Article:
The Trader: There are lies, damn lies and what you tell the boss

Rory rang Simon's top client - the chap had never heard of his `big deal'
LAURA PUTS down her cup of coffee. "According to Mark Twain, there are only three kinds of lies, `Lies, damned lies, and statistics'," she says.

"Well, he'd obviously never worked in finance, had he?" I reply, licking the last crumb of Mrs Hughes's homemade carrot cake from my top lip. "Just think how many different types of fibbing go on around here on a daily basis. Only I suppose you have to call it `spinning', the way politicians do."

"They should know; they're the experts," Laura says, sighing with all the emotion of someone who once believed, for a heady moment, that things can only get better. "Still, we mustn't be too cynical. After all, we're a pretty honest crew round here, aren't we? Perhaps the odd little lie - like when one of us asks if we look as ghastly as we feel and all the others say, `No, you look fine', but nothing serious."

And she's right. While I regularly refuse to divulge the contents of my trading book to competitors who have the nerve to ask, that's merely sound business practice. Everyone knows that not telling the truth isn't quite the same as lying.

But I can't imagine any of us deliberately trying to mislead a customer, say, to win their business. Life, you see, has a way of paying you back: you know, you'd win that deal, but lose out on a much bigger one when the punter found out what you'd done. "And they always do find out, don't they?" Laura says. "I wonder how? Anyway, it doesn't matter. No one here would be that stupid." And she goes back to waiting for the US jobless figures to be released.

It's a busy afternoon, and not until Mrs Hughes rattles in again with her coffee-and-cake trolley is there time for a breather. Simon, our pushy junior salesman, comes sidling over and asks for his coffee black and two pieces of cake. We raise our eyebrows as he scurries back to his desk. "That's not a happy young man," Mrs Hughes says, rearranging her cups.

"No," Laura says, trying not to sound pleased. "Rory's decided to get involved in this big deal Simon's been arranging with a client. I suppose Supersalesboy is a bit nervous about having the chief honcho breathing down his neck."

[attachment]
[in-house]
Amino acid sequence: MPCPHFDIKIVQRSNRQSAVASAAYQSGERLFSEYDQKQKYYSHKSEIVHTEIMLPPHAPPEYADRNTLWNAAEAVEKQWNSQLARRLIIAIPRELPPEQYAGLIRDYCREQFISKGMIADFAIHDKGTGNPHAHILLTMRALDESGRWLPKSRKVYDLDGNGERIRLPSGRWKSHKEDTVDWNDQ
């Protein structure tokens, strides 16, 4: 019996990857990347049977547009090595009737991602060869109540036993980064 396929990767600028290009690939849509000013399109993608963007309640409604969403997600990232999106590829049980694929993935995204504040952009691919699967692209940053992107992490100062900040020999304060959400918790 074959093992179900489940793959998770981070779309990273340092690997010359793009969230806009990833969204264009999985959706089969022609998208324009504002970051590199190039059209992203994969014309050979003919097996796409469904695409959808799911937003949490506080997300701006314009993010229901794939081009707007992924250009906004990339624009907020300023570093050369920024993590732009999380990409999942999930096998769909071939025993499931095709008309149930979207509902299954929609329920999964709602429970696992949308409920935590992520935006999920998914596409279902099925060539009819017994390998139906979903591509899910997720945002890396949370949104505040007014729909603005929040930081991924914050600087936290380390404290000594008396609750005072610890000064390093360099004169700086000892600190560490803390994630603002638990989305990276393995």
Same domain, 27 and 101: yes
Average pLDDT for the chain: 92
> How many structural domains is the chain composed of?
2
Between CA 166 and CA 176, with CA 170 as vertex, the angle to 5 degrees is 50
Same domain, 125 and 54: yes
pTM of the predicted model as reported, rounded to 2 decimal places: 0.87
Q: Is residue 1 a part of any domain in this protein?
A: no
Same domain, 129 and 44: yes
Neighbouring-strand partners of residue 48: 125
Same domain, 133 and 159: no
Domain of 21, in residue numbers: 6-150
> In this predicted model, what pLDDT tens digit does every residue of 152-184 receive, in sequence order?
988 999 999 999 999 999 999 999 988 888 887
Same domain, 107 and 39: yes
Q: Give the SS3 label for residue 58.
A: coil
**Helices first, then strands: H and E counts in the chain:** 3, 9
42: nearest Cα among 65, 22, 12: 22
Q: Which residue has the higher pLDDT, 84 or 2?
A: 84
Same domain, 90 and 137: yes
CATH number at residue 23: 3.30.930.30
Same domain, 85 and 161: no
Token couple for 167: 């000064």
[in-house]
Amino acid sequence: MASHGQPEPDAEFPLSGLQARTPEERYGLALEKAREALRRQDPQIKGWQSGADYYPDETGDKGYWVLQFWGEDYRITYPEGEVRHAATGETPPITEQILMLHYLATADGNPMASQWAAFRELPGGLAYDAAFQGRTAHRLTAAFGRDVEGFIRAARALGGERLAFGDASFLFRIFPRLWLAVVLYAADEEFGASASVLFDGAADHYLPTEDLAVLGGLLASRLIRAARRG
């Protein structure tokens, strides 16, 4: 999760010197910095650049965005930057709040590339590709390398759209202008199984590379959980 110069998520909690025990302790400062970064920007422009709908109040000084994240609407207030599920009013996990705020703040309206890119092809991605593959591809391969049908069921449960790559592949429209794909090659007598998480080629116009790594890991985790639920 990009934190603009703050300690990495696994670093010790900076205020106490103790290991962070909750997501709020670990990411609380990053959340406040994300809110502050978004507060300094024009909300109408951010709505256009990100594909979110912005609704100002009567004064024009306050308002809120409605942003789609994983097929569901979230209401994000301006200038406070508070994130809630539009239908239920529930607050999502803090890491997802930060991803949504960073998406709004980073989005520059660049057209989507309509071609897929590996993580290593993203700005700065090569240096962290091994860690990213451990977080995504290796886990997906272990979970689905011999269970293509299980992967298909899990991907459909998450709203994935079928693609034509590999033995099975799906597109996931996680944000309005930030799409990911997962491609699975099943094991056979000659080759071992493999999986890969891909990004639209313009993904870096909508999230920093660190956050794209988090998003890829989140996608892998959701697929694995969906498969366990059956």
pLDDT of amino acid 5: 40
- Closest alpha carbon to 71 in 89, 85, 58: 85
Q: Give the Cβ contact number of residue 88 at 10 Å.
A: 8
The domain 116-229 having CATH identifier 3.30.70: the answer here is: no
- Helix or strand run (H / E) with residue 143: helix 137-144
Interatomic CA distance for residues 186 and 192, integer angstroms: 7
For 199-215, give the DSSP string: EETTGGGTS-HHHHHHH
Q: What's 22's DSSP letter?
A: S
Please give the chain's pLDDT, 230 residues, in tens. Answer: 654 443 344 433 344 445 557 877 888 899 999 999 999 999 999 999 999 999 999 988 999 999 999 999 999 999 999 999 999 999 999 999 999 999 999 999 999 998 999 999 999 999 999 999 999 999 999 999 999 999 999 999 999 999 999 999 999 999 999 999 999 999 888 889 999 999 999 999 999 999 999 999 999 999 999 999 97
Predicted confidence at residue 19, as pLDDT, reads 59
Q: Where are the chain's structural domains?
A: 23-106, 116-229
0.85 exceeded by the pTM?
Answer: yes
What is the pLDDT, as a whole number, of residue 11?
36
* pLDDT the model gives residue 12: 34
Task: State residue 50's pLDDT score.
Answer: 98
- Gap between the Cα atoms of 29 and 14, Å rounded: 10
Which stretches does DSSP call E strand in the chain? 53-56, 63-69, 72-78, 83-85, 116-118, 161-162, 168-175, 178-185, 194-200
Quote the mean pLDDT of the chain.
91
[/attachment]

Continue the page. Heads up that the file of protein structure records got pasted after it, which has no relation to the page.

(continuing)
Mrs Hughes looks thoughtful. "Well, you may be right," she says tactfully. "But I wouldn't be surprised if there's more going on than meets the eye. I always said that one would trip himself up." And she rattles off and we head to a meeting that limps on until home time.

The next morning, there's no sign of Simon although he's usually the first in. "How odd," I say to Laura. "Has he gone down with flu? Only I didn't know any of us were allowed to be ill."

"No," Laura replies. "We're not. But it turns out that when Rory rang Simon's top client last night, the one with whom he's supposedly `like that', the chap had never even heard of the deal. Remembered Simon, though. Asked if he was that incredibly annoying young man who kept pestering him. It seems he makes his assistant take Simon's calls, and she always pretends she's on the other line. Anyway, that's what Findlay says."

Well, I think, no wonder Simon looked so nervous when Rory wanted to help.

"That's not the worst of it," Laura continues. "Rory rang Simon's other `top contacts' after that. Turns out none of them speak to him either. So Rory suggested he stay at home today. It seems there is something worse than lying to a customer - and that's lying to your boss."